* Opposition, scenting victory, keen for early poll
* Election outcome could spell more policy confusion
* Politicians betting on election before year's end
Embattled Japanese Prime Minister Yoshihiko Noda has suggested to his main rival he will call an election for early November, media reported on Thursday, but with the opposition scenting victory it was unclear if he could wait that long.
Noda, who took office last September as Japan's sixth premier in five years, scored a rare policy win this month when parliament enacted a law to double the sales tax to curb public debt. But he had to pledge to call an election "soon" to gain opposition backing to pass the bill in a divided parliament.
Members of Noda's Democratic Party of Japan (DPJ) want to put off an election given their sagging support rates but opposition parties, which control parliament's upper house, can force his hand by blocking a bill to allow fresh bond issuance to fund the budget for the current fiscal year.
Finance Minister Jun Azumi has said that, unless the funding bill passes, the government could run out of money by the end of October. Lower house members' terms run through August 2013, but most politicians are betting on an election before year's end.
Kyodo news agency, citing senior opposition Liberal Democratic Party (LDP) lawmakers, said Noda had indicated in his August meeting with the LDP's leader that he would call an election before compiling a budget for the next fiscal year, suggesting he had Nov.4 or Nov. 11 in mind.
But the LDP has rejected the offer, Kyodo said, adding Noda had also floated the idea of holding an election on Oct. 7.
The Sankei newspaper had a similar report.
"The feeling is growing day by day that we cannot leave the governing of Japan to the Democrats any longer," LDP Vice President Tadamori Oshima told Reuters earlier this month.
The DPJ, a mix of conservatives, centre-left lawmakers and ex-socialists, swept to power in August 2009, pledging to change how Japan is governed after more than 50 years of almost non-stop rule by the conservative LDP.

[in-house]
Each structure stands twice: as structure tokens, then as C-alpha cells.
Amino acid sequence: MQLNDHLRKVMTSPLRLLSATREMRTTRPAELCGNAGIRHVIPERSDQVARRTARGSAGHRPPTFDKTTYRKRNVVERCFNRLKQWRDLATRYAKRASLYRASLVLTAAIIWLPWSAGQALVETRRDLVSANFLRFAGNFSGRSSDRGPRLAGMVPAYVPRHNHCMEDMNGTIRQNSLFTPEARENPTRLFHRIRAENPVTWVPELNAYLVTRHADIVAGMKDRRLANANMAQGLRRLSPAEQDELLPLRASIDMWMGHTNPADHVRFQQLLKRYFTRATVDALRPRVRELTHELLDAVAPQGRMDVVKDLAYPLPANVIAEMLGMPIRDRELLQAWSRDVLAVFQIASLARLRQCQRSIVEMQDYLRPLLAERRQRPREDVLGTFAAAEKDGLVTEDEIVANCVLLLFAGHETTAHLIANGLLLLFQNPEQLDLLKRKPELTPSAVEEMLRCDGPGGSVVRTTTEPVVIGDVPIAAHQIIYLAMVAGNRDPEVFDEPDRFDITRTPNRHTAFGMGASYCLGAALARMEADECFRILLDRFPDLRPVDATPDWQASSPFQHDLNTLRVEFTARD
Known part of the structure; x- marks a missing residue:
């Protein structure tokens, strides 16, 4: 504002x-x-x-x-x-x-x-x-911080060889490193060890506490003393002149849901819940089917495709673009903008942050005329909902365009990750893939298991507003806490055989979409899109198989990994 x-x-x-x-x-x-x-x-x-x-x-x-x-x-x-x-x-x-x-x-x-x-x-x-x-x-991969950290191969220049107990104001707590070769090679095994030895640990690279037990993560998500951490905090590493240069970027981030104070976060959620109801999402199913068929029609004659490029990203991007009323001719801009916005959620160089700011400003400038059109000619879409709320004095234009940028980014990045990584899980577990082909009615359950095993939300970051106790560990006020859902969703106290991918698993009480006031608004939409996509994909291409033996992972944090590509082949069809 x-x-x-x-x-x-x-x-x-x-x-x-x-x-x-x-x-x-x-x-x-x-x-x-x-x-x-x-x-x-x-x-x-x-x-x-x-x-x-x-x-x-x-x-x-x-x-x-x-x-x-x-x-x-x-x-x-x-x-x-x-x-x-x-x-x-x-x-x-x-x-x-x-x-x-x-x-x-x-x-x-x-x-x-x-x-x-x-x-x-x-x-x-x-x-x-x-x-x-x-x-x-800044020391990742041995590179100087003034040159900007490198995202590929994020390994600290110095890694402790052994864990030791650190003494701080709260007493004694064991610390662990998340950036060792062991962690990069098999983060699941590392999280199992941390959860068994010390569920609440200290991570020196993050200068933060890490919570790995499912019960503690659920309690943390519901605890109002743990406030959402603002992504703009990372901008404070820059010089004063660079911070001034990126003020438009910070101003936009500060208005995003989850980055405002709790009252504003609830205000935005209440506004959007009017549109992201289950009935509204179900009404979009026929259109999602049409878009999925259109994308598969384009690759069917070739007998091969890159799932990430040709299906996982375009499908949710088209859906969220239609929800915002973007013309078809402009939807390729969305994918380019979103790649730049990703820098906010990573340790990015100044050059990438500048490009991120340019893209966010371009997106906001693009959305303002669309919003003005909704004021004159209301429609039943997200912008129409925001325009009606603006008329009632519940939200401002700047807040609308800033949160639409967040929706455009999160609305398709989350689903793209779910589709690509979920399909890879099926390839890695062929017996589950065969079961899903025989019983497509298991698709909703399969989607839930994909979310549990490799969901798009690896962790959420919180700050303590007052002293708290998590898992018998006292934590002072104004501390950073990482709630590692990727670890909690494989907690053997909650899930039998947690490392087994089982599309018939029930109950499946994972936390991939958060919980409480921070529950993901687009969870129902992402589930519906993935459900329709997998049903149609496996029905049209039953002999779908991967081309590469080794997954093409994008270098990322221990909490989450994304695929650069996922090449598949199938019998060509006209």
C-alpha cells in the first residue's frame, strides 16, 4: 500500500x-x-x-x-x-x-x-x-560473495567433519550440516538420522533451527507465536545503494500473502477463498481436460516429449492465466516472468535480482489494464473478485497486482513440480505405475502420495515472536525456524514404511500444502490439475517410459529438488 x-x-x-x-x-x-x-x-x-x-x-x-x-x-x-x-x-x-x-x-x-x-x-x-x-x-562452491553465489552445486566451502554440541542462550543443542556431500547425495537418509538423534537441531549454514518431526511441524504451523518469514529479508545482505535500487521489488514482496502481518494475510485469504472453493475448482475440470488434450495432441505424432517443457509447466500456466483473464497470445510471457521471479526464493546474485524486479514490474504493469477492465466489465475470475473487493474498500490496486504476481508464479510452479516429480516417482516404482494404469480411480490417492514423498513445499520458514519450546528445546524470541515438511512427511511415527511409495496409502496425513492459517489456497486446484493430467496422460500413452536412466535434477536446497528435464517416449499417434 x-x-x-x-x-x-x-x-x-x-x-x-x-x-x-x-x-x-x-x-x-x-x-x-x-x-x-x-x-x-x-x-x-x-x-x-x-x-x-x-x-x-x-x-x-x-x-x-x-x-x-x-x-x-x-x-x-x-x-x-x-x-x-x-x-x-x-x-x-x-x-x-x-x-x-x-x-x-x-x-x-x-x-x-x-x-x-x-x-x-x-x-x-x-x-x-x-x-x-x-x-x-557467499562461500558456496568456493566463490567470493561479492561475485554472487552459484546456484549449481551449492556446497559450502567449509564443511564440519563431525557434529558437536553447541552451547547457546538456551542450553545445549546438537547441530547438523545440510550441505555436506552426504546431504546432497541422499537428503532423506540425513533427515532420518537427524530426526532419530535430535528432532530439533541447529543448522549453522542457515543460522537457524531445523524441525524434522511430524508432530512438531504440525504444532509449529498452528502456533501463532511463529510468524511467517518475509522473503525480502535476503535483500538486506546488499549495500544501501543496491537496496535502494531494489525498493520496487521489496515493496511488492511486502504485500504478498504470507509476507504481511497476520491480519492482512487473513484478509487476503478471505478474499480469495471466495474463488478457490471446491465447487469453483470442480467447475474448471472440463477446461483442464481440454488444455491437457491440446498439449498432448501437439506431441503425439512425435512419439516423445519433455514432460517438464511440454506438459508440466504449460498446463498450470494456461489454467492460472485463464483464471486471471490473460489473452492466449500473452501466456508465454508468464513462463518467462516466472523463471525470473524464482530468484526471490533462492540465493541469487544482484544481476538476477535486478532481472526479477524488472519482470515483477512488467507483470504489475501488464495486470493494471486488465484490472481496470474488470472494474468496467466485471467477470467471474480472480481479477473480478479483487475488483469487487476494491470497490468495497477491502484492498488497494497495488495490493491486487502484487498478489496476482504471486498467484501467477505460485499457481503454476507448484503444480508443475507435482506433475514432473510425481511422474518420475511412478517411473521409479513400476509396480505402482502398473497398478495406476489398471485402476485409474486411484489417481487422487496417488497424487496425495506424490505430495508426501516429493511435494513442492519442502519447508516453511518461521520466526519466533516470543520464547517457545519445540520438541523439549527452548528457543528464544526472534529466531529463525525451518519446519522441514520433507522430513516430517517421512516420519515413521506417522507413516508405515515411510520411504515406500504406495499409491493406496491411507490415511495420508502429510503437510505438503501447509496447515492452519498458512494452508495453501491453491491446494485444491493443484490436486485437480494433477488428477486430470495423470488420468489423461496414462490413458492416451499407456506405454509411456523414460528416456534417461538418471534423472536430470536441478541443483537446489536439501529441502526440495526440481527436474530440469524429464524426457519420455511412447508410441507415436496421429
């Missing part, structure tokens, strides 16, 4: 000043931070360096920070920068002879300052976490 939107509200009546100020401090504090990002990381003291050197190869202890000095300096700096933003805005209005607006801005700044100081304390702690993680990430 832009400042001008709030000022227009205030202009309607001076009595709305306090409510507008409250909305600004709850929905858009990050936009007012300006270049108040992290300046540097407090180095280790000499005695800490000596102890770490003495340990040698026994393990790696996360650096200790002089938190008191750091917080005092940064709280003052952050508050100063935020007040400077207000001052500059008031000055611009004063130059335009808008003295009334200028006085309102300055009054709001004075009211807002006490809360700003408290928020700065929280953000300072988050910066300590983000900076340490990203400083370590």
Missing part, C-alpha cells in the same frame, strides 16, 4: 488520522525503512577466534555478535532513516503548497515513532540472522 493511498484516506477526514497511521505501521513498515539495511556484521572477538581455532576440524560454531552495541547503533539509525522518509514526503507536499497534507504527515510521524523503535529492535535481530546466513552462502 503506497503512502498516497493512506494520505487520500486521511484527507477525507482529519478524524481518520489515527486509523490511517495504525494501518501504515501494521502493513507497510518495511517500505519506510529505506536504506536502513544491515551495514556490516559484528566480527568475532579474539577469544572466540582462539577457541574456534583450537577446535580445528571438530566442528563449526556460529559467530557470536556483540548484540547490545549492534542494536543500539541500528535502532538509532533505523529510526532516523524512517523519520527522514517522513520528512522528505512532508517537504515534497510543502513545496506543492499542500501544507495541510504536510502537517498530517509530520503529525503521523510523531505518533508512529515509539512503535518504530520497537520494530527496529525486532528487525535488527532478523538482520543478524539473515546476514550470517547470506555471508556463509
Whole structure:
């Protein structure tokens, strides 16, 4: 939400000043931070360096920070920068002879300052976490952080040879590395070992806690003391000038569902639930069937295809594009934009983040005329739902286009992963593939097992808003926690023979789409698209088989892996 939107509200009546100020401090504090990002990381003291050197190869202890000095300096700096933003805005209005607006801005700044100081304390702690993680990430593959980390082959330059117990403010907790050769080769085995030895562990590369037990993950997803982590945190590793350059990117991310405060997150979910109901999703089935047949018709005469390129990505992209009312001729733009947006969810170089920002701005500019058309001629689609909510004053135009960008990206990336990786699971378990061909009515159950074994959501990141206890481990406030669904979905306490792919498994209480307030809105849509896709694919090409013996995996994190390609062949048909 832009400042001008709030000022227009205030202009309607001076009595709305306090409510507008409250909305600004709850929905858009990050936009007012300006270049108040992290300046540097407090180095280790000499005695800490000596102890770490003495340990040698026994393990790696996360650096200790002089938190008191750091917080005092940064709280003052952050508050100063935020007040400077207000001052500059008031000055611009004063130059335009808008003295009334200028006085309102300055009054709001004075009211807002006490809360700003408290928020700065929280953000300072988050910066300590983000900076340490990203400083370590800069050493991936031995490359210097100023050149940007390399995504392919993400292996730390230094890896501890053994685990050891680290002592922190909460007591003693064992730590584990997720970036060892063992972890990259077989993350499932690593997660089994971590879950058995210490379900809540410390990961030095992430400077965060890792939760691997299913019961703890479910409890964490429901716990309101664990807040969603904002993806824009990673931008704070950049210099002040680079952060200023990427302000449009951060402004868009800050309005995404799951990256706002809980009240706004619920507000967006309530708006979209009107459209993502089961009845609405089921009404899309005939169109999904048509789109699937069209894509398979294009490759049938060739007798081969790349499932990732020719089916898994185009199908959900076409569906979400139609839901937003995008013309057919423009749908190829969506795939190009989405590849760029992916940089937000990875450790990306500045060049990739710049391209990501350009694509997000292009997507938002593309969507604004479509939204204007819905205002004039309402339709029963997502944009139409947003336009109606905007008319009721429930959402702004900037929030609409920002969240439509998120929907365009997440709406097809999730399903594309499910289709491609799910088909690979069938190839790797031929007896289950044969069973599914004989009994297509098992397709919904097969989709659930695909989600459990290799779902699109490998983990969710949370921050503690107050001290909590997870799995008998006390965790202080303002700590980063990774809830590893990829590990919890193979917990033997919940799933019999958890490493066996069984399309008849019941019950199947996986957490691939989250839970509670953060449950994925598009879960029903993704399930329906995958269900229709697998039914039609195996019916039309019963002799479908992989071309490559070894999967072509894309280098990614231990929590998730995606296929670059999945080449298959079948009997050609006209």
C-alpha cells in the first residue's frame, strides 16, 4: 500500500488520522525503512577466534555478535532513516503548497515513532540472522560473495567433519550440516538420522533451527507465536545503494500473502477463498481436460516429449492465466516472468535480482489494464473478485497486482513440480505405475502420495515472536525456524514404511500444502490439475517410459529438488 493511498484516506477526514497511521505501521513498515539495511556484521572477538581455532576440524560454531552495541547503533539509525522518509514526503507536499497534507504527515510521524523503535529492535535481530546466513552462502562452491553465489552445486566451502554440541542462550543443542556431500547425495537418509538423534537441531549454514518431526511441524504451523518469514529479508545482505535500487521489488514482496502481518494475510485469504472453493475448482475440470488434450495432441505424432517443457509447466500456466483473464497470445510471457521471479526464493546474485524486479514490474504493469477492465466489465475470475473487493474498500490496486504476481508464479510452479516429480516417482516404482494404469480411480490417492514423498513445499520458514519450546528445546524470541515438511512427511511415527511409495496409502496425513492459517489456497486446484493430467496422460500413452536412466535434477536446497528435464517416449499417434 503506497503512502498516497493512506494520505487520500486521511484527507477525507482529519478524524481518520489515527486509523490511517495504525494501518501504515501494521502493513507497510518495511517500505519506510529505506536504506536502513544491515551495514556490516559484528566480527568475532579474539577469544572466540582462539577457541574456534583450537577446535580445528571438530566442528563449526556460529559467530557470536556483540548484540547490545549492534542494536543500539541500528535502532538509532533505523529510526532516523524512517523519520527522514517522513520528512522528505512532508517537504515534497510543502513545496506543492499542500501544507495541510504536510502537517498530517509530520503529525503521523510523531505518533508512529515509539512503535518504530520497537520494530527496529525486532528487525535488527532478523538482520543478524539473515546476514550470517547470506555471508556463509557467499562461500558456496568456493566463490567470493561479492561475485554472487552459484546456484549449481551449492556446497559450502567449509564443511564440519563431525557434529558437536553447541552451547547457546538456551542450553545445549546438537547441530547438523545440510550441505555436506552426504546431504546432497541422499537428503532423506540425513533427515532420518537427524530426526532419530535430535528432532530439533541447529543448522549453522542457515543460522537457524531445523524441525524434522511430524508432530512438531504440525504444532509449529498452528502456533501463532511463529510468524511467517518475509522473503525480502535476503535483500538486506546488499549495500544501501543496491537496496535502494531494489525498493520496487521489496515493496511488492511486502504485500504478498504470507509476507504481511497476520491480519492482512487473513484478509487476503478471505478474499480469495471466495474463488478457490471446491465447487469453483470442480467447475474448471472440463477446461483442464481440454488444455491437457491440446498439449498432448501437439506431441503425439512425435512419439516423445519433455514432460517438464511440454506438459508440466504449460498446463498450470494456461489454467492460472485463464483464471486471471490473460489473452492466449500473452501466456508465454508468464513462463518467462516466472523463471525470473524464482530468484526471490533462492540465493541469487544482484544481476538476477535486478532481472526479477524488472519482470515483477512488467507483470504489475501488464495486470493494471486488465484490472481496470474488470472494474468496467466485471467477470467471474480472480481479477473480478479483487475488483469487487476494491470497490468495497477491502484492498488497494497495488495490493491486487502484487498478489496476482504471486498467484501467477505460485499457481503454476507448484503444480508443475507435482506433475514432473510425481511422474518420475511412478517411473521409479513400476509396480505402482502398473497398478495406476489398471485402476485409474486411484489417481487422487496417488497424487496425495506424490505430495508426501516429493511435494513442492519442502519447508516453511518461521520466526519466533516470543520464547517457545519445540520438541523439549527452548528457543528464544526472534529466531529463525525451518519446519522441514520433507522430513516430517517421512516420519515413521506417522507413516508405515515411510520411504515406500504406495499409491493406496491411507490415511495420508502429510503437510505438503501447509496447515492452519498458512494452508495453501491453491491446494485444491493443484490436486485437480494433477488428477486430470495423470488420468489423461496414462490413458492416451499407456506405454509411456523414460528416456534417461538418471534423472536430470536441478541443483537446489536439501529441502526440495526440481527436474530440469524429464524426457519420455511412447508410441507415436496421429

Three years and three prime ministers later, critics say the Democrats' promises to reduce bureaucrats' control over policymaking and pay more heed to consumers and workers than corporations were honoured mainly in the breach.
The party has also suffered a series of defections over the tax hike plan, and is divided over energy policy as Noda tries to decide what role nuclear power should play amid growing anti-nuclear sentiment after last year's Fukushima atomic disaster.
Politicians and analysts agree that the Democrats now look set for defeat. But it is uncertain whether the LDP and its junior ally, the New Komeito party, can win a majority given the widespread voter dissatisfaction with mainstream parties.
That dissatisfaction is reflected in support for populist Osaka Mayor Toru Hashimoto, whose local Ishin no Kai group hopes to win seats in parliament.
That means the next government could be a weak coalition, spelling more policy confusion as Japan grapples with a stagnant economy, rocky ties with China and South Korea, and declining global competitiveness.
Noda's push to bring the sales tax to 10 percent by 2015 was billed as a test of Japan's resolve to tackle its snowballing debt. That debt tops two years' worth of Japan's economic output, a record among industrialised nations.
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